Football expertise – exported straight out of Baden-Württemberg
By Hans Gäng | Edit Luca Wodtke.
Accurately observing global trends, motivating people for something new, integrating international talents – football coaches from Baden-Württemberg face the same challenges as companies in the German federal state. Trainers from here were and are internationally oriented, innovative engineers of the sport.
Football apprenticeship “made in Baden-Württemberg” begins in Mannheim. The industrial city was the first home of the sport. From the workers suburb Waldhof comes Germany’s first world champion coach: the legendary Sepp Herberger. His assistant coach Albert Sing comes from the industrial city of Eislingen in Württemberg.
In and around Mannheim, the granite guard of German defense football grew up: Uli Stielike, Jürgen Kohler, the brothers Bernd and Karl-Heinz Förster. All stubborn, tactically disciplined and of high intelligence in a direct duel – longtime horror of the Gary Lineker’s of the world.
Mannheim coaches used this player material and found recognition abroad. Gernot Rohr was a successful player in Bordeaux. As a coach, he developed the young Bixente Lizarazu and Zinedine Zidane to a world-class team. Klaus “Schlappi” Schlappner, coach of Waldhof Mannheim, helped build Chinese football as national coach and consultant in 1992 and helped set up a professional league in Iran.
After his great playing career at Borussia Mönchengladbach and Real Madrid, Uli Stielike became first coach at Waldhof and was coach of the Swiss national team. Later, Stielike trained the Ivory Coast – and from 2014 to 2018, as the coach of South Korea, he thoroughly prepared the knockout of the German “Mannschaft” at the World Cup in Russia.
This ended a glorious epoch of offensive football, which the Stuttgart bakery boy Klinsmann, with his California spirit, brought to the German national team at the 2006 World Cup. The Baden-Württemberger’s were extremely proud of him and his co-trainer, the South Badener Joachim “Jogi” Löw.
Two things have always characterized Baden-Württemberg’s football. First, the sharp regional rivalry of the Baden clubs from Mannheim, Freiburg, Karlsruhe and Hoffenheim with the Swabian club of the state capital, VfB Stuttgart. And second: VfB’s eternal and unfulfilled dream of a successful forward football.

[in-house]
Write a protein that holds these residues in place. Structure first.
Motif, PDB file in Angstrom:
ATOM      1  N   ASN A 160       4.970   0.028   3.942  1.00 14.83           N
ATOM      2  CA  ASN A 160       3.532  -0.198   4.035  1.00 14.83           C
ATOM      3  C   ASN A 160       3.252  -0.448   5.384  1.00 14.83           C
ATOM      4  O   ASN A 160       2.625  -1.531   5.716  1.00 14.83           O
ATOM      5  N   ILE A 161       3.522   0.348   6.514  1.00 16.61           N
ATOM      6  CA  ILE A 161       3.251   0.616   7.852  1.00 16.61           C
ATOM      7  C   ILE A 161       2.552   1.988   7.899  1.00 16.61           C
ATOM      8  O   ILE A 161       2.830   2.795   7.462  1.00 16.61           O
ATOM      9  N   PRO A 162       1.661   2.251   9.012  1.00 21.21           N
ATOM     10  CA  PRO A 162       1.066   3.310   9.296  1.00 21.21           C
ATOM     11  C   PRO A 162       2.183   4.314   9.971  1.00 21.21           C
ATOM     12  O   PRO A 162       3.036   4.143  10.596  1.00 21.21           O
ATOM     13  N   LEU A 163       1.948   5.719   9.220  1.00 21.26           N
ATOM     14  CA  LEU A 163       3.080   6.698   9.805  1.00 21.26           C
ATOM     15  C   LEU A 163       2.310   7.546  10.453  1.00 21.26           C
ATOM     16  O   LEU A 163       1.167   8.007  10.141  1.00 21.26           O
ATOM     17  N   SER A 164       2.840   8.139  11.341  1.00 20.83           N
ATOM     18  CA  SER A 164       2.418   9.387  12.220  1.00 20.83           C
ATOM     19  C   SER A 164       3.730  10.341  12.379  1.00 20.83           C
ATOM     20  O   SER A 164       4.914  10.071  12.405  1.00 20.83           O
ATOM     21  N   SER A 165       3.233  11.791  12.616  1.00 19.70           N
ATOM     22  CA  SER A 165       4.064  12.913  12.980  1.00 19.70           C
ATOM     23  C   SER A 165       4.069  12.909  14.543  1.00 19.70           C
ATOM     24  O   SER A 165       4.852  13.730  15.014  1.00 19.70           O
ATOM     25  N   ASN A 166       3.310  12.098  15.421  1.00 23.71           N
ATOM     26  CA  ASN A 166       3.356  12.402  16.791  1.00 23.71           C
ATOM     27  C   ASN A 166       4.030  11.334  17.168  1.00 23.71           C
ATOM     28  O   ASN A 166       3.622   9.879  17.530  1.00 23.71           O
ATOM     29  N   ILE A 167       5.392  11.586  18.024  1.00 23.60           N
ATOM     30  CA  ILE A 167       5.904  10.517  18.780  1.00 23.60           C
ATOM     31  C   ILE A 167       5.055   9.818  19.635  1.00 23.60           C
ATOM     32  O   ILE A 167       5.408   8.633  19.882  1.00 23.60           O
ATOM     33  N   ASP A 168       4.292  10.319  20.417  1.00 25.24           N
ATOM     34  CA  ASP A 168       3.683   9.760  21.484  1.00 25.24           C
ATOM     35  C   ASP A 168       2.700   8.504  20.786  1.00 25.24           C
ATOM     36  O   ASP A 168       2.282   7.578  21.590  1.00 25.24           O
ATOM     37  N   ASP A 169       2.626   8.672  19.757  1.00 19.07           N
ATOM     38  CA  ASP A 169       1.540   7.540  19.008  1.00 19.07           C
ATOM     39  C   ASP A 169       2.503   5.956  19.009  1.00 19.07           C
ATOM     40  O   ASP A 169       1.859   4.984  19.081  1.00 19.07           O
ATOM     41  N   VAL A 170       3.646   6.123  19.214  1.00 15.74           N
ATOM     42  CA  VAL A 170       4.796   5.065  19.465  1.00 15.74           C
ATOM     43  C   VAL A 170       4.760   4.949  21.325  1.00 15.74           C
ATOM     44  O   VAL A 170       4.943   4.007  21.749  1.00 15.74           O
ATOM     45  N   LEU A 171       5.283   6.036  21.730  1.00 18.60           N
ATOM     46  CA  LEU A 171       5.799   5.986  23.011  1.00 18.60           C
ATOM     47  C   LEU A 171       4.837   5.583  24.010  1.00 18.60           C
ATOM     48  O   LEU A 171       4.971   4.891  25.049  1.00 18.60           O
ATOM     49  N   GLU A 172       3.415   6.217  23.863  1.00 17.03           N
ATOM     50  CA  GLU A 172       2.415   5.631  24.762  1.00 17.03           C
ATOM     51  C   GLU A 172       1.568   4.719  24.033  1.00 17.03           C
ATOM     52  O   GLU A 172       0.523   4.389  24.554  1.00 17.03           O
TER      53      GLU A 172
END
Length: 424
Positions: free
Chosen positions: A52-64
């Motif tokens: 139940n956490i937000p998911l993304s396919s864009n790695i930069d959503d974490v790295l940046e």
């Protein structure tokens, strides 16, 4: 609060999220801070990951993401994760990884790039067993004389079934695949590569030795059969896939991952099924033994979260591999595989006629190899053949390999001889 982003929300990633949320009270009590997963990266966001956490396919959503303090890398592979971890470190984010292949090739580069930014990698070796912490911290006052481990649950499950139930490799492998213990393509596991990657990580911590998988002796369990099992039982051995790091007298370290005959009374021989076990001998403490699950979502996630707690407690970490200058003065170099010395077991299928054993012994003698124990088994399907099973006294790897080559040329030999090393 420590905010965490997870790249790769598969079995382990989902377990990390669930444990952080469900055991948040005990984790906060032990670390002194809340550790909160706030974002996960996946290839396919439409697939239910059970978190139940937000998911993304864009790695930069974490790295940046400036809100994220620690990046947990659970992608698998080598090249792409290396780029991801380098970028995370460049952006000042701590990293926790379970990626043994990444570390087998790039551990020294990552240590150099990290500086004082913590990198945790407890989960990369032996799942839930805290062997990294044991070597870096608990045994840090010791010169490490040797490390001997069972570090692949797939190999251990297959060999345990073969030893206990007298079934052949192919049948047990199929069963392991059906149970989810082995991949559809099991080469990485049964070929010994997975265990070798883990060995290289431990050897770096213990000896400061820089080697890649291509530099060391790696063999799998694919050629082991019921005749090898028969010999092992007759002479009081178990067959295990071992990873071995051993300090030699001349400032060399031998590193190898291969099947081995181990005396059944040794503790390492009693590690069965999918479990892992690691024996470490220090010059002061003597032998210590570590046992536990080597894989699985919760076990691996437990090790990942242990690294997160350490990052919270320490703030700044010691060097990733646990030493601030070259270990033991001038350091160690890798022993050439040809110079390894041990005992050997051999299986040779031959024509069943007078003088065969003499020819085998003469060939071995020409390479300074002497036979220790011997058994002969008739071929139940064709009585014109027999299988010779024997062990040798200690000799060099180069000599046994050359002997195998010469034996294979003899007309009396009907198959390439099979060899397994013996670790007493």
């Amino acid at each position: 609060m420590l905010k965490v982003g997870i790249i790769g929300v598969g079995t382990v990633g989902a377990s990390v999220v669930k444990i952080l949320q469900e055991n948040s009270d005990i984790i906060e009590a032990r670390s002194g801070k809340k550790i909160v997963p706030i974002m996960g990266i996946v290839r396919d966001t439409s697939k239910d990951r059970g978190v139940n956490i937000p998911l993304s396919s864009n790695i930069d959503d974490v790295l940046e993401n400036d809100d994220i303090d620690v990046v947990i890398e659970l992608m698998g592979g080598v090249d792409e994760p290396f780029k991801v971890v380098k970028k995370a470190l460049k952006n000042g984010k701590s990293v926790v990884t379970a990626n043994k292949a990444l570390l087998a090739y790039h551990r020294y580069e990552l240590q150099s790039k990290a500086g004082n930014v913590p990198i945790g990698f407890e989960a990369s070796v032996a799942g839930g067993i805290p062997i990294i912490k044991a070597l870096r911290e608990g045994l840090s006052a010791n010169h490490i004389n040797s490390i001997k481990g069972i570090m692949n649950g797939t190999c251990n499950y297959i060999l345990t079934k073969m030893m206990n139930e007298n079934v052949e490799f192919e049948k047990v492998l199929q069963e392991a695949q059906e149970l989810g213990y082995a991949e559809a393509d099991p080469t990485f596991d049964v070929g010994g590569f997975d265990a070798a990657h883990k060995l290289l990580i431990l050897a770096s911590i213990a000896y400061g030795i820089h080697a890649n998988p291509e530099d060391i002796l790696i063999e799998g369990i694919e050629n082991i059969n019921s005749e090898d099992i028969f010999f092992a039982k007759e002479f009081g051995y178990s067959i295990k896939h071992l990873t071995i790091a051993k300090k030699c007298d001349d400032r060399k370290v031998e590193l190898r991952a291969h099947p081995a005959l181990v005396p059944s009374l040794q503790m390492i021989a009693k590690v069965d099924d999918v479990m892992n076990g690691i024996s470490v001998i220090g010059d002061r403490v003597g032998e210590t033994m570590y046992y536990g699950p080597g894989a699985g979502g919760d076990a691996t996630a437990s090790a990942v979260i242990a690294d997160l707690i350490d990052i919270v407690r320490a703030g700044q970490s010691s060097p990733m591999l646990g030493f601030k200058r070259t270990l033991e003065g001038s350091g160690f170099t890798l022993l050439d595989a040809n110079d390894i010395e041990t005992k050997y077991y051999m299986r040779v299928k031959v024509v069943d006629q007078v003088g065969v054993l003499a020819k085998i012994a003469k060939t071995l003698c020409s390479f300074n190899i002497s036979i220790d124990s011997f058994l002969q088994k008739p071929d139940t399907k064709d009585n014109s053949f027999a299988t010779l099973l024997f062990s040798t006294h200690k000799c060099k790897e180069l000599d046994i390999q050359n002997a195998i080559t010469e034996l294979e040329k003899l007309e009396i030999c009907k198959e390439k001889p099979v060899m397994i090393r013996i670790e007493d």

Karlsruher SC gladly supplied Bayern with its best talents over the A8 motorway – past Stuttgart. Coach Winfried Schäfer from Ettlingen discovered the wild Oliver Kahn and Mehmet Scholl. Later, Schäfer became Cameroon’s national coach in 2002 and won the African championship. He was active as a club coach in the Emirates, and then coached the national teams of Thailand and Jamaica
The perhaps best VfB team was founded in 1984 on a strong defence. The opponents faced young players Guido Buchwald, Günther Schäfer and the Mannheim Förster brothers with despair. Without the orderly, quiet world champion Guido “Diego” Buchwald, Stuttgart would hardly have won the championship in 1992. As a coach Buchwald taught the Urawa Red Diamonds in distant Japan how to play smart, defensive football.
Almost forgotten, the everlasting Stuttgart dream of a flying striker football was finally nurtured when club coach Joachim Löw formed the “magic triangle” of VfB: Giovane Elber, Fredi Bobic and Krasimir Balakov. Later, after many coaching changes, the city dreamed that the “wild youngsters” who had broken Manchester United could solidify a permanent top spot in the Bundesliga. Soon after the championship in 2007, however, descent and resurgence followed.